It now doesn't matter if I add or remove Write-Progress function calls. $steps will always have the total number of Write-Progress calls in the function.

We can now dynamically pass a value to PercentComplete by incrementing a $stepcounter variable and creating a percentage value from it.

$steps = ([System.Management.Automation.PsParser]::Tokenize($MyInvocation.MyCommand.Definition, [ref]$null) | where { $_.Type -eq 'Command' -and $_.Content -eq 'Write-Progress' }).Count

$stepCounter = 0

Write-Progress -Activity 'Title' -Status 'Doing something' -PercentComplete ((($stepCounter++) / $steps) * 100)

## Some process here

Write-Progress -Activity 'Title' -Status 'Doing something' -PercentComplete ((($stepCounter++) / $steps) * 100)

## Some process here

Write-Progress -Activity 'Title' -Status 'Doing something' -PercentComplete ((($stepCounter++) / $steps) * 100)

## Some process here

Great! But this still looks ugly. Look at all that code duplication! It's time to build a helper function. I'll build one now.

function Write-ProgressHelper {
	param(
    	[int]$StepNumber,
        [string]$Message
	)
    
    Write-Progress -Activity 'Title' -Status $Message -PercentComplete (($StepNumber / $steps) * 100)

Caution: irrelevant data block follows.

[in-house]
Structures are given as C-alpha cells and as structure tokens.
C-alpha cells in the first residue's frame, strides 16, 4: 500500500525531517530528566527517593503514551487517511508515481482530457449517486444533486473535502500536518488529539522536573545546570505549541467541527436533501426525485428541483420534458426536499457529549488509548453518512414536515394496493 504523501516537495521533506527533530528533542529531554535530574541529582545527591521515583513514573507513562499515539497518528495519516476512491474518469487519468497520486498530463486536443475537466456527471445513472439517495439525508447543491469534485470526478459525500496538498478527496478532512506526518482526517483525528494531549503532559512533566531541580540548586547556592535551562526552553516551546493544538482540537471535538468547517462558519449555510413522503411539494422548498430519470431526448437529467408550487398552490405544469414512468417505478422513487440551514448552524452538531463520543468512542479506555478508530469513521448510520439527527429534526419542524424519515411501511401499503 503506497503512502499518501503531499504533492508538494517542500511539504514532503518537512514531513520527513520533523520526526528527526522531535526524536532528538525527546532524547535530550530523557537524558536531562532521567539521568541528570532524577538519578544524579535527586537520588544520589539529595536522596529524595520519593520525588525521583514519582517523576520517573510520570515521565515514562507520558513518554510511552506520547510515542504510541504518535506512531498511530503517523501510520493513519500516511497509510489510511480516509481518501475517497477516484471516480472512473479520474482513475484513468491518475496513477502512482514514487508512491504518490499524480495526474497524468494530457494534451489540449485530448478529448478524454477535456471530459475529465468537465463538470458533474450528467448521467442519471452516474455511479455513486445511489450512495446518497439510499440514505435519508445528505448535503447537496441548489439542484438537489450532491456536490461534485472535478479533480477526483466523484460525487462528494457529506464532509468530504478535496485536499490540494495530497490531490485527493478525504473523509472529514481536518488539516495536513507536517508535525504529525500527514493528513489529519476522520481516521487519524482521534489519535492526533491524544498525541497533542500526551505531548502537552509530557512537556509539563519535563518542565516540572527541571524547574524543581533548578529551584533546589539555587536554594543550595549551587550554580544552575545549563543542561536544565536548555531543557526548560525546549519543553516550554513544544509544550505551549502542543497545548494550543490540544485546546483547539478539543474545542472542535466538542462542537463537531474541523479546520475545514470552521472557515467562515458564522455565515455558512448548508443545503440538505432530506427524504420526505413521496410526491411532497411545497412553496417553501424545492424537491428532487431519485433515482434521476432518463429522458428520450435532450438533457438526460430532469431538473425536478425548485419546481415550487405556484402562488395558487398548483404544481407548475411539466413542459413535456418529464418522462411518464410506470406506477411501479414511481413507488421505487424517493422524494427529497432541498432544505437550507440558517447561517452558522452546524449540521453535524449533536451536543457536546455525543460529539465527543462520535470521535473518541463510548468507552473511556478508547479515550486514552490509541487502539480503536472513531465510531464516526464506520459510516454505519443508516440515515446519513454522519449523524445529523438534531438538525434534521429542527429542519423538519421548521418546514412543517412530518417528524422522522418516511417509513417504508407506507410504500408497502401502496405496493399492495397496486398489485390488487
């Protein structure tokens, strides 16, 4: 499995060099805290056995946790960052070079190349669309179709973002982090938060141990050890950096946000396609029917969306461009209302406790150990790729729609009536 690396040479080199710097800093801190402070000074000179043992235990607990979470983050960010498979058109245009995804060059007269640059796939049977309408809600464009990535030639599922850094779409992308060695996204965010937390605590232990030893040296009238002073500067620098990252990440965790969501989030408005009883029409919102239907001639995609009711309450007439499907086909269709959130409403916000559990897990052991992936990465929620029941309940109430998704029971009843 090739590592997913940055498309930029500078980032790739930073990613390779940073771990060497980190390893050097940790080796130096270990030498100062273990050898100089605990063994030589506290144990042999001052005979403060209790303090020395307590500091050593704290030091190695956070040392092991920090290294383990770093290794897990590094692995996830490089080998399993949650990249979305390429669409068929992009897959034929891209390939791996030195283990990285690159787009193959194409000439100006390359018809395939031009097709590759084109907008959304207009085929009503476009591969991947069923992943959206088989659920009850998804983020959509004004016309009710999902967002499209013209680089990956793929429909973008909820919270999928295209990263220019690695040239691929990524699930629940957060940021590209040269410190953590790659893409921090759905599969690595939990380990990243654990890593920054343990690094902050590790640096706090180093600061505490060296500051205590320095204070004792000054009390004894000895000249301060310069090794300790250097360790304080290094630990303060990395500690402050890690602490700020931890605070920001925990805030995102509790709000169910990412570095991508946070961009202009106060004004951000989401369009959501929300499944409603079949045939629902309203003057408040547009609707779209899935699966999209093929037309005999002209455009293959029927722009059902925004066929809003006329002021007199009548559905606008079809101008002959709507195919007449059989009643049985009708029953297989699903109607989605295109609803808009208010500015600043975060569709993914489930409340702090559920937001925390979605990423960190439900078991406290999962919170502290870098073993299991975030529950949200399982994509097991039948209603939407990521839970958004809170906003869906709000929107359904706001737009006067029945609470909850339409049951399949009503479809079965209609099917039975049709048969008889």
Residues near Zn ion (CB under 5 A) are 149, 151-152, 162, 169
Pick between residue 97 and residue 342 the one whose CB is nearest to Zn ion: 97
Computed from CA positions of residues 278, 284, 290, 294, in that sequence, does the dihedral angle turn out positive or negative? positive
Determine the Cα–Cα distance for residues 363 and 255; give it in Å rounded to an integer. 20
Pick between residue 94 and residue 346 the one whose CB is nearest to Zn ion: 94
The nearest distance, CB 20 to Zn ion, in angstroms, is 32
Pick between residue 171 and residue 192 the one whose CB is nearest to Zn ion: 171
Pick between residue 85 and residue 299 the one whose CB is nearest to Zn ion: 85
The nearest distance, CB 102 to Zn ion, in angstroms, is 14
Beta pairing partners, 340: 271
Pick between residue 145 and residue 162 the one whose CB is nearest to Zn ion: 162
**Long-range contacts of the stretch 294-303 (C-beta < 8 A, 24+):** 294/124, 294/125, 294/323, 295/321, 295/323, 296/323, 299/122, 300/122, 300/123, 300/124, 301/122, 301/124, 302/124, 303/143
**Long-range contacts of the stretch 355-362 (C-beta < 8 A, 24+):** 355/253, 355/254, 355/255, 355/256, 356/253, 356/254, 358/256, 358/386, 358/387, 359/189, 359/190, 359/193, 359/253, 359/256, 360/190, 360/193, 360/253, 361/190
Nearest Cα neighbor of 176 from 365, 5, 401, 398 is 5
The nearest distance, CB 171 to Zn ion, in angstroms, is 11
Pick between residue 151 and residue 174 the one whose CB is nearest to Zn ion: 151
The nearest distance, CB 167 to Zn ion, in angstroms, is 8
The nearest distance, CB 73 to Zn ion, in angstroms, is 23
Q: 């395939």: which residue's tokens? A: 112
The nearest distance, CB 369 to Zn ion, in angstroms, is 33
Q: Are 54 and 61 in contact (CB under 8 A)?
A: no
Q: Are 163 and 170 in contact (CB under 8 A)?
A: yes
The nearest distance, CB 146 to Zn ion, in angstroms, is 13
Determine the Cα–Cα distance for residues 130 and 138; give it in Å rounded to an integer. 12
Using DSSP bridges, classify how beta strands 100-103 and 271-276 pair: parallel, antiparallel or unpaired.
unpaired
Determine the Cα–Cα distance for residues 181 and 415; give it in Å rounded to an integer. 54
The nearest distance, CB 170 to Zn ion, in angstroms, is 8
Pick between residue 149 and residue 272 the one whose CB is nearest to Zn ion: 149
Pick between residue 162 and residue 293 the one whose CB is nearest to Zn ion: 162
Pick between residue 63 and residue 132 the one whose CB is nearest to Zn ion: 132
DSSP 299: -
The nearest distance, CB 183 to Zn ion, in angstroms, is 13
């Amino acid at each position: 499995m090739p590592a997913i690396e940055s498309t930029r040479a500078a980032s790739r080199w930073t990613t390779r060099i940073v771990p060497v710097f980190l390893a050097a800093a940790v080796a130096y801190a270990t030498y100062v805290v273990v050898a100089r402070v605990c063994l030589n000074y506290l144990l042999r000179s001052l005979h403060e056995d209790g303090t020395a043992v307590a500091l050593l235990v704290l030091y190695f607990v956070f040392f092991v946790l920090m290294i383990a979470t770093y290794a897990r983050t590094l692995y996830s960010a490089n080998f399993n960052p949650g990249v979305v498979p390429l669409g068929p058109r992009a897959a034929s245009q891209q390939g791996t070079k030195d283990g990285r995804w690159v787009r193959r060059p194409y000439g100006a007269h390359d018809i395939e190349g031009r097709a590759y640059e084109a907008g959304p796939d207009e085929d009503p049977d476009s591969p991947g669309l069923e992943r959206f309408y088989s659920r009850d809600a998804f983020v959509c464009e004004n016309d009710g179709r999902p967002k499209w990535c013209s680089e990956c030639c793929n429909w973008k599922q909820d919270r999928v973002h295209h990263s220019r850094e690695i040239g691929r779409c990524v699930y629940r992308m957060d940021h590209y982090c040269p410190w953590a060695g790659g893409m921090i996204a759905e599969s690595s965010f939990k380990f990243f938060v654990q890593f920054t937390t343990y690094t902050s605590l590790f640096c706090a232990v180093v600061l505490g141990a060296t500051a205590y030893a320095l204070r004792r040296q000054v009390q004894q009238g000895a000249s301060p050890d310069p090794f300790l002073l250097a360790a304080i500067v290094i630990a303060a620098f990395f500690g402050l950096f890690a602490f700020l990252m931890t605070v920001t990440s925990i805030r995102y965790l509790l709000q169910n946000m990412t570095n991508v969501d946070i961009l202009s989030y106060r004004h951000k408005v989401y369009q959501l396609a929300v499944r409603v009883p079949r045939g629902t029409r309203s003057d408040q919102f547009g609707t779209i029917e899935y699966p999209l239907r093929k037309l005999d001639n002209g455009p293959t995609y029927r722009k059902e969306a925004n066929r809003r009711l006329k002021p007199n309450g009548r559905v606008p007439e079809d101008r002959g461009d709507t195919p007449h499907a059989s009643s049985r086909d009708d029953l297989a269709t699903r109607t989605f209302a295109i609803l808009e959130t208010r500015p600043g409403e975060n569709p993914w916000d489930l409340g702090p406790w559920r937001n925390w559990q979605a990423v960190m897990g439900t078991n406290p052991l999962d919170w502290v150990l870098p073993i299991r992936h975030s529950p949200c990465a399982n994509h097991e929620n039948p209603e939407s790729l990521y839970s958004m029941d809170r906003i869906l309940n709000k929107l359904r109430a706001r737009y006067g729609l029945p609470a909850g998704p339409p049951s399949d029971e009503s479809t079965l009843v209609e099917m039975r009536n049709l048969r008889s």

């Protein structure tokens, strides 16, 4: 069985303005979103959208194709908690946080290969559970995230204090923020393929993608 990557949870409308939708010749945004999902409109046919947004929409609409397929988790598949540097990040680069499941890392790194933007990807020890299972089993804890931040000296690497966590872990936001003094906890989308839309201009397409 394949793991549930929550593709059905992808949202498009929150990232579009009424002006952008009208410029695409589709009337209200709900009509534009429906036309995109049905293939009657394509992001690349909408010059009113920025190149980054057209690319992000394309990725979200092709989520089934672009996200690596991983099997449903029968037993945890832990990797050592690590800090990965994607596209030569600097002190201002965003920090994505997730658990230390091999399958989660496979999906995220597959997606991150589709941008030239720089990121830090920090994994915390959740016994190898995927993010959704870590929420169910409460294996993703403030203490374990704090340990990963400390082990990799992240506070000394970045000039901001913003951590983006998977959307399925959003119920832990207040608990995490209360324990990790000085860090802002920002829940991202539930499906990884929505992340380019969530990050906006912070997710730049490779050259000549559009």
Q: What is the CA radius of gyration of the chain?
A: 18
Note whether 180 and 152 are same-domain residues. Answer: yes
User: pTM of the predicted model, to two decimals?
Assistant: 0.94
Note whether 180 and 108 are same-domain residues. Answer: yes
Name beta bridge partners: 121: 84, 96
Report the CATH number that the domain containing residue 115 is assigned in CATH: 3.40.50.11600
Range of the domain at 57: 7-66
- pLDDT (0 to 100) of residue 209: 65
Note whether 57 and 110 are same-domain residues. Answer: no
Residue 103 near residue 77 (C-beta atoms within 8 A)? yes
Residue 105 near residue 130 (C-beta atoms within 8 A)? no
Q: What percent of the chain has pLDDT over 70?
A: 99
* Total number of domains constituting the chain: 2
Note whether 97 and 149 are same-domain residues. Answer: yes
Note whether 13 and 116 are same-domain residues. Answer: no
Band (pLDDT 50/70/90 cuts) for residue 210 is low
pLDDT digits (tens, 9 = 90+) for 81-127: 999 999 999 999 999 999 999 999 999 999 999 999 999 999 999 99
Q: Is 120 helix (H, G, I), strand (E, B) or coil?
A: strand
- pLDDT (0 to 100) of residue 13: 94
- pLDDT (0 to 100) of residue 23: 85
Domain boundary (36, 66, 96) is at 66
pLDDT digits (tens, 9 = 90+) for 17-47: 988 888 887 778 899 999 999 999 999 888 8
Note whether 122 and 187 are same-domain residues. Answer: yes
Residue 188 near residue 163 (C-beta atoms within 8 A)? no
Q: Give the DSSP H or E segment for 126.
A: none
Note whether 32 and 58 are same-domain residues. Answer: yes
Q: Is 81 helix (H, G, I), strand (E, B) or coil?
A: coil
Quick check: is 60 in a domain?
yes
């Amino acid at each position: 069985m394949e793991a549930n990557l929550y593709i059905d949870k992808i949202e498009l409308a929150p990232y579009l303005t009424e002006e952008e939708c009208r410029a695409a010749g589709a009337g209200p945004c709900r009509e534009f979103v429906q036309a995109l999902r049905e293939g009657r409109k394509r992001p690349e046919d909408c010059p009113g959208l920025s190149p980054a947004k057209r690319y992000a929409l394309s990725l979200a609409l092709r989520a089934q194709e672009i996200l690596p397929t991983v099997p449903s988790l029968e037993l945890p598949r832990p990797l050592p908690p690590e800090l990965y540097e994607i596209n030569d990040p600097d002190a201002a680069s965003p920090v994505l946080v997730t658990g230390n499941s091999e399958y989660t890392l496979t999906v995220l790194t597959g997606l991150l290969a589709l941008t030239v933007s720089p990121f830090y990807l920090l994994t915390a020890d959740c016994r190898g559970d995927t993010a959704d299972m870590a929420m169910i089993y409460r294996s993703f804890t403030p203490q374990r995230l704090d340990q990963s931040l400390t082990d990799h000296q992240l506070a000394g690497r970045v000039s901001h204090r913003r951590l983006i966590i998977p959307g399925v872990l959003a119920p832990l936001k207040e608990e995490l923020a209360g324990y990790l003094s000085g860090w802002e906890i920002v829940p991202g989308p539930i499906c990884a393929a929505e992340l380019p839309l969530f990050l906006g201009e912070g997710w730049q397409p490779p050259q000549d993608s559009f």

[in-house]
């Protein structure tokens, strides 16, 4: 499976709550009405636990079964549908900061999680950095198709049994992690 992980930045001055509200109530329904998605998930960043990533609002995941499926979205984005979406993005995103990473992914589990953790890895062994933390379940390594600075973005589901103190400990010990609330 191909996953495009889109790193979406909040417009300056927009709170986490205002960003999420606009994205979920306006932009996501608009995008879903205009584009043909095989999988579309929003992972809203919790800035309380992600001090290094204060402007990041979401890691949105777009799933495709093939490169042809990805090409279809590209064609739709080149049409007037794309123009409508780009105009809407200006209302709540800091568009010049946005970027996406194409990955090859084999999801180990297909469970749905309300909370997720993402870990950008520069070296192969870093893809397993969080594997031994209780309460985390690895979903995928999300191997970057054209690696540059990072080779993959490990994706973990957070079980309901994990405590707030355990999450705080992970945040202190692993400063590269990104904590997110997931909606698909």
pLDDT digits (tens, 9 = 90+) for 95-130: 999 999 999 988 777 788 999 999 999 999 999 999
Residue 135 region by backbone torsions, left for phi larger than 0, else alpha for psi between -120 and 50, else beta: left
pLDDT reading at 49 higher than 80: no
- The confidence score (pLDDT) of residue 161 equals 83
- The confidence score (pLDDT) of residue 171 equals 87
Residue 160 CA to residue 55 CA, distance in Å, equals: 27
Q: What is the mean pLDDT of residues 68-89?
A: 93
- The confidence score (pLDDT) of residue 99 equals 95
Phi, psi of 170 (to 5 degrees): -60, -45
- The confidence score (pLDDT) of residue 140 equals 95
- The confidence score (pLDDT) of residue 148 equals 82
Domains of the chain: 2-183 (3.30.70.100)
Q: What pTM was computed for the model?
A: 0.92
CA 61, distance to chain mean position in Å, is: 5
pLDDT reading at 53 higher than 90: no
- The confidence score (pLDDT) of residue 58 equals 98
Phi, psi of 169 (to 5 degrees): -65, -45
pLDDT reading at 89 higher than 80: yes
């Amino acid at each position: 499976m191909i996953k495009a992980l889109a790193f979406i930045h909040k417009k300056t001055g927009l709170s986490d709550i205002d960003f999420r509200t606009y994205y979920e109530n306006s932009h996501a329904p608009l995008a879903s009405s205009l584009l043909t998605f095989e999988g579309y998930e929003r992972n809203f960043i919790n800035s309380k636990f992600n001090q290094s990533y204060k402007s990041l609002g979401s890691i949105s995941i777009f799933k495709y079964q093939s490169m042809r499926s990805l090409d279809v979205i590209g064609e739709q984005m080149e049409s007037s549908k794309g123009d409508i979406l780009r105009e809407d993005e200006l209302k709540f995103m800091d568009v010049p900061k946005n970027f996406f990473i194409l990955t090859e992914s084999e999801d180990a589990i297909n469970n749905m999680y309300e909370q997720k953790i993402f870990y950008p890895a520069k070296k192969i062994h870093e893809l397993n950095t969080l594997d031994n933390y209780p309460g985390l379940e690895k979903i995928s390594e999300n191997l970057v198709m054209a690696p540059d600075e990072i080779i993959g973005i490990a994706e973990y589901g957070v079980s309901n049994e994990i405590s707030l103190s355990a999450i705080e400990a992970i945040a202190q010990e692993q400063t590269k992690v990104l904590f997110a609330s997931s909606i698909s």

}

Now, we can simply call this helper function from within the function itself.

$stepCounter = 0

Write-ProgressHelper -Message 'Doing something' -StepNumber ($stepCounter++)

## Some process here

Write-ProgressHelper -Message 'Doing something2' -StepNumber ($stepCounter++)

## Some process here

Write-ProgressHelper -Message 'Doing something3' -StepNumber ($stepCounter++)

## Some process here

Even though we've still got some code duplication, we were able to remove some of it. Since we replaced those Write-Progress references to Write-ProgressHelper, we'll have to change the code to find the steps since our steps code was looking for function reference names.

$steps = ([System.Management.Automation.PsParser]::Tokenize((gc "$PSScriptRoot\$($MyInvocation.MyCommand.Name)"), [ref]$null) | where { $_.Type -eq 'Command' -and $_.Content -eq 'Write-ProgressHelper' }).Count

This finally leaves us with this script.

function Write-ProgressHelper {
	param (
		[int]$StepNumber,
		[string]$Message
	)

	Write-Progress -Activity 'Title' -Status $Message -PercentComplete (($StepNumber / $steps) * 100)
}

$script:steps = ([System.Management.Automation.PsParser]::Tokenize((gc "$PSScriptRoot\$($MyInvocation.MyCommand.Name)"), [ref]$null) | where { $_.Type -eq 'Command' -and $_.Content -eq 'Write-ProgressHelper' }).Count

$stepCounter = 0

Write-ProgressHelper -Message 'Doing something' -StepNumber ($stepCounter++)
Start-Sleep -Seconds 5

## Some process here

Write-ProgressHelper -Message 'Doing something2' -StepNumber ($stepCounter++)

Start-Sleep -Seconds 5

## Some process here

Write-ProgressHelper -Message 'Doing something3' -StepNumber ($stepCounter++)

Start-Sleep -Seconds 5

## Some process here